Collagen-NH2 + HCHO –>  Collagen-NH-CH2OH

The N-hydroxymethyl group is highly reactive and cross-linking may occur at a second amino group:

Collagen-NH-CH2OH   + H2N-Collagen –>  Collagen-NH-CH2-NH-Collagen’

The whole process is equivalent to that in the leather industry called ‘oil tanning’ that produces chamois leather (Covington 2009), which combines dressing the skin with oil and applying aldehyde.  Covington describes the chemistry of the ‘oil tanning’ process as follows:

‘The reactions in the oil tanning process are not completely clear. The active agent is unsaturated oil, preferably cod oil, which can be modelled by linoleic acid, CH3(CH2)4CH=CHCH2CH=CH(CH2)7CO2H, which is known to polymerise but not to form epoxides. It has been generally accepted that the reaction is based on the formation of aldehydic compounds, particularly since the process is accompanied by the release of acrolein, CH2=CHCHO, which has been used as an element of quality control. However, acrolein alone does not make acceptable chamois leather.

Sharphouse (1971) summarised the tannage in these terms:

Fixation of oil or resinous auto-oxidation products to the protein fibre in some intimate sheath-like form. These may be in polymer form and resist removal by alkaline wash waters and common solvents. It is presumed that they account for the differences between aldehyde tannages and ‘full oil’ chamois tannage.

In this way, he defined the outcome of the tannage as a polymer matrix within the collagen matrix; there is no certainty of reaction between the polymer and the collagen, unlike the product of aldehydic tanning. Therefore, the system can be pictured as a matrix of polymerised hydrocarbon chains, holding the collagen fibre structure apart, as an extreme form of lubrication to prevent the fibre structure coming together and sticking. This model does, however, provide a rationale to explain the three most important features of oil tanned leather:

  • Hydrothermal stability: The shrinkage temperature of oil tanned leather is only a few degrees higher than raw pelt. Therefore, the conventional view of tanning does not hold, i.e. there is little interaction between the tanning agent and the collagen. This is an example of the tanning agent having more affinity for itself than for the substrate.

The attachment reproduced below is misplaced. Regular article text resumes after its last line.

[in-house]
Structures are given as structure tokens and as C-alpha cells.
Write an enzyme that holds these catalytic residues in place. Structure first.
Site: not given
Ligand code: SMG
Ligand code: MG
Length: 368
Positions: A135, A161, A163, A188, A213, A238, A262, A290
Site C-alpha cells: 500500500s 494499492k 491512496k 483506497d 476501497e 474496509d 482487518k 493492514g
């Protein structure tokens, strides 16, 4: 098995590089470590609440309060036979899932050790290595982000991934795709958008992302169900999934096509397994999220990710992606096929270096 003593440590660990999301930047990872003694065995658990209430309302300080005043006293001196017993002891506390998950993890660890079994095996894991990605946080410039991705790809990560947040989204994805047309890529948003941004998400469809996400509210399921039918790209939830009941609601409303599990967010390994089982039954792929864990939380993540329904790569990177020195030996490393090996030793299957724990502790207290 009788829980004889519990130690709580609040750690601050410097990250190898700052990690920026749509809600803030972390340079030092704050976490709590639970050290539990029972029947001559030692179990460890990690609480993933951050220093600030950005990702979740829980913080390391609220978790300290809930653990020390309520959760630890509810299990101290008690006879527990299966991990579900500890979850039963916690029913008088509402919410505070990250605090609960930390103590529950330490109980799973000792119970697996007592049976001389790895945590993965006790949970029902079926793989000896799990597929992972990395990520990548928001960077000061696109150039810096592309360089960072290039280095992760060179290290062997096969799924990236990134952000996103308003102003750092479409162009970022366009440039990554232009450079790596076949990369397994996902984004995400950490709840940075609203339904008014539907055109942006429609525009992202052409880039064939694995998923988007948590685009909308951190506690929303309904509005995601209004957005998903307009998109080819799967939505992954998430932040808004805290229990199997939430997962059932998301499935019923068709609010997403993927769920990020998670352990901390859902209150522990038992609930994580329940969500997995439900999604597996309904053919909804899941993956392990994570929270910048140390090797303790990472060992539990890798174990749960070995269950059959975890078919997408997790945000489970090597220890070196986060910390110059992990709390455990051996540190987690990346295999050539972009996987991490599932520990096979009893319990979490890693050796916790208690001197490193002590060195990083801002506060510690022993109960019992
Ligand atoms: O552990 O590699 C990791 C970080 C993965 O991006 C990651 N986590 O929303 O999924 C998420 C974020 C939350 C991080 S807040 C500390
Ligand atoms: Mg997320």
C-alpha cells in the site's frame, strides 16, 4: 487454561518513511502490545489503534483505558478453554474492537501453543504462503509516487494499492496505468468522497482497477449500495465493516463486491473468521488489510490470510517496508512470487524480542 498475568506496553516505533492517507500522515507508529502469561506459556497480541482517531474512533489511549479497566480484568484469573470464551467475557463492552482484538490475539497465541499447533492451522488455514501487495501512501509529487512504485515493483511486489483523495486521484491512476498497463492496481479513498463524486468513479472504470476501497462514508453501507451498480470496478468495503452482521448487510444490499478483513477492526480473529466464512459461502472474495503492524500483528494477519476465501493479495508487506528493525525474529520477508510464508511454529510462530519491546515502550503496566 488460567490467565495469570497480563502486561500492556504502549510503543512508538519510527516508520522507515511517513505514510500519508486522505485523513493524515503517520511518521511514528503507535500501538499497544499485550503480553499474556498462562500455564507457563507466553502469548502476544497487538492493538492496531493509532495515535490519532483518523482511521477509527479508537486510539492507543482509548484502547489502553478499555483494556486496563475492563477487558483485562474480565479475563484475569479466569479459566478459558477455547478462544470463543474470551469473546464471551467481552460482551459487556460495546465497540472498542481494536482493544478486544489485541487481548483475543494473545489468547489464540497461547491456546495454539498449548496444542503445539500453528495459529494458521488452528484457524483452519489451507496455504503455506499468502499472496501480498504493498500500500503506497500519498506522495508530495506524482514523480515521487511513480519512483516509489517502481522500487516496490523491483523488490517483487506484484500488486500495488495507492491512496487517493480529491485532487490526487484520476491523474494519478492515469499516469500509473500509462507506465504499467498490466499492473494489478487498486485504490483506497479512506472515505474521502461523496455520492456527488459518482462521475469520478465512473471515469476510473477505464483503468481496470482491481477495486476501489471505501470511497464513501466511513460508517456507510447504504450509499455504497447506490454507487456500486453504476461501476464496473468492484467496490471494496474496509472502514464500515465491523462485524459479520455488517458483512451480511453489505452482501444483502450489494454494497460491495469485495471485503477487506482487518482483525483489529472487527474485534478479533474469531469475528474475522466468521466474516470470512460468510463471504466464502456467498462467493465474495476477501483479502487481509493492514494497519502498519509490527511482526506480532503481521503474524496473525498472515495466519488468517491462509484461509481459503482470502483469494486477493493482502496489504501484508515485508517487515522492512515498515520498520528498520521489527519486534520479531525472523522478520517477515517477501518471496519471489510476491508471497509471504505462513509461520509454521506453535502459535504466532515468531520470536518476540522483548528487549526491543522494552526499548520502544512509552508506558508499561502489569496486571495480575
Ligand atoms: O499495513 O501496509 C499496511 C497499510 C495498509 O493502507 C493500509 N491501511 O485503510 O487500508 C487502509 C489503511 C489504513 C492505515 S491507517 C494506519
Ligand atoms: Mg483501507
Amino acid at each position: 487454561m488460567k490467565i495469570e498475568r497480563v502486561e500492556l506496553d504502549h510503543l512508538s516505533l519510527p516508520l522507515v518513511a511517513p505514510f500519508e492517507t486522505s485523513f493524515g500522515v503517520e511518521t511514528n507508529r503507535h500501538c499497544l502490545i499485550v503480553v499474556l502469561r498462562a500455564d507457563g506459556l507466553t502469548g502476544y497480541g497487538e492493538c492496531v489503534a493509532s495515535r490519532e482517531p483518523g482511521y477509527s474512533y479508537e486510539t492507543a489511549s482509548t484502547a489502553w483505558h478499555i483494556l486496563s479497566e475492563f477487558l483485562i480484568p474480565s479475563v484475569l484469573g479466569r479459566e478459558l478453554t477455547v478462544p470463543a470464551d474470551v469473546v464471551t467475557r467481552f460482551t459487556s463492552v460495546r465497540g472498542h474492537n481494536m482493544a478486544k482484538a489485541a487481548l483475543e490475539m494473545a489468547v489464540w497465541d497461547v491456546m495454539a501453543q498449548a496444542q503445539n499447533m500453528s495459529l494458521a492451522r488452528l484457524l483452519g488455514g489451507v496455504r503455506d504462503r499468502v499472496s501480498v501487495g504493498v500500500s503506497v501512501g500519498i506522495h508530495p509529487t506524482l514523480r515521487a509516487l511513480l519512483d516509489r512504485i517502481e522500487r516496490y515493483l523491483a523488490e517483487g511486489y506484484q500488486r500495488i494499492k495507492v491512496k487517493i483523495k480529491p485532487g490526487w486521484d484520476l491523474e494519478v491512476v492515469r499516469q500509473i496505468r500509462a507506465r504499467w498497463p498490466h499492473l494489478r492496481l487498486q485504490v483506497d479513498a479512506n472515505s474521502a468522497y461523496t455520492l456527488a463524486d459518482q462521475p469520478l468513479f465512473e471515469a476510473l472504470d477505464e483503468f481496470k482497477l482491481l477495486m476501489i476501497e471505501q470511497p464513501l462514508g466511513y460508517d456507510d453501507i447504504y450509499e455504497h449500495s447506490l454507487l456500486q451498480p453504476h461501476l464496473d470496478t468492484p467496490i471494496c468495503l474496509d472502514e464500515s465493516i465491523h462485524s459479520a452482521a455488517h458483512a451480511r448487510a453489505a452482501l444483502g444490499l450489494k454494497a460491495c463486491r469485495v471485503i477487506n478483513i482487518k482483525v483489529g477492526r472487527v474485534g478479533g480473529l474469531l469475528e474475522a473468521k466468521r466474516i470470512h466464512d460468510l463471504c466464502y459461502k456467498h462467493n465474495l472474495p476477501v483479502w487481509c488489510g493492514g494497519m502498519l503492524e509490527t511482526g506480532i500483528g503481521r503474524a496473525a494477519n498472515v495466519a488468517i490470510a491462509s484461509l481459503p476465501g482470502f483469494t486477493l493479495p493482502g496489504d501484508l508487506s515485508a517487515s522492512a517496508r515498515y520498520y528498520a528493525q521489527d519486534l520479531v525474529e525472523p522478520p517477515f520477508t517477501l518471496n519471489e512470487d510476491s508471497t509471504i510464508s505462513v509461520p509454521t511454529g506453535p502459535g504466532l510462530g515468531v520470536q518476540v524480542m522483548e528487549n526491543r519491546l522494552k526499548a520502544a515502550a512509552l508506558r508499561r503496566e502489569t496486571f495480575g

• Water retention: The effect of keeping the fibre structure apart means that the collagen can be hydrated and hold excess water within the hydrophobic polymerised oil matrix. In this way there is the apparently contradictory situation of a hydrophobic tanning chemistry producing the most hydrophilic leather.
  • The ‘Ewald’ effect: Oil tanned leather is one of a few cases where the leather exhibits a reversibility of hydrothermal shrinking. If the leather is held in hot water, at or above the shrinkage temperature, it will shrink as expected; however, if the leather is immediately placed in cold water it regains about 90% of its original area. The phenomenon can be used to mould the leather into shapes, a shrink fitting process called ‘tucking’. When leather shrinks under hydrothermal conditions, the triple helix structure begins to unravel, hence reversibility only applies in the earliest stages, when the structure can reregister by itself. However, the oil matrix provides a scaffold that mirrors the collagen structure, so the denatured protein can regain much of its original structure, but not quite all of it. ‘ (Covington 2009: 315 – 319). In other words, brain tanned and smoked hide is washable.

© Luba Dovgan Nurse and luba’s conservation, 2000-2016. Unauthorized use and/or duplication of this material without express and written permission from this blog’s author and/or owner is strictly prohibited. Excerpts and links may be used, provided that full and clear credit is given to Luba Dovgan Nurse with appropriate and specific direction to the original content.

Thanks to Kfir Mendel for comments on the earlier post!



AIC wiki Animal Skin/Leather.

Covington, A. 2009. Tanning Chemistry: The Science of Leather. Cambridge: RSC Publishing.

Edholm, S. & T. Wilder. 2001. Buckskin: The Ancient Art of Braintanning. Boonville: Paleotechnics.

Kite, M., & R. Thomson (eds).  2005. Conservation of Leather and Related Materials. London: Butterworth.

Richards, Matt. 2004. Deerskin into Buckskin: How to Tan with Natural Materials, a Field Guide for Hunters and Gatherers. Cave Junction: Backcountry Publishing.

Rue, Leonard Lee III. 2004, The Deer of North America. Guilford: The Lyons Press.

Sharphouse J.H. 1971. Leather Technician’s Handbook.  Shoe Trades Publication, 2nd edition.

Suparno, O., no date. Aldehyde tanning, available from : http://web.ipb.ac.id/~ono.suparno/html/aldehyde_tanning.html [accessed 27 June 2010].

Wescott, D. 1999. Primitive technology: a book of earth skills. Gibbs Smith.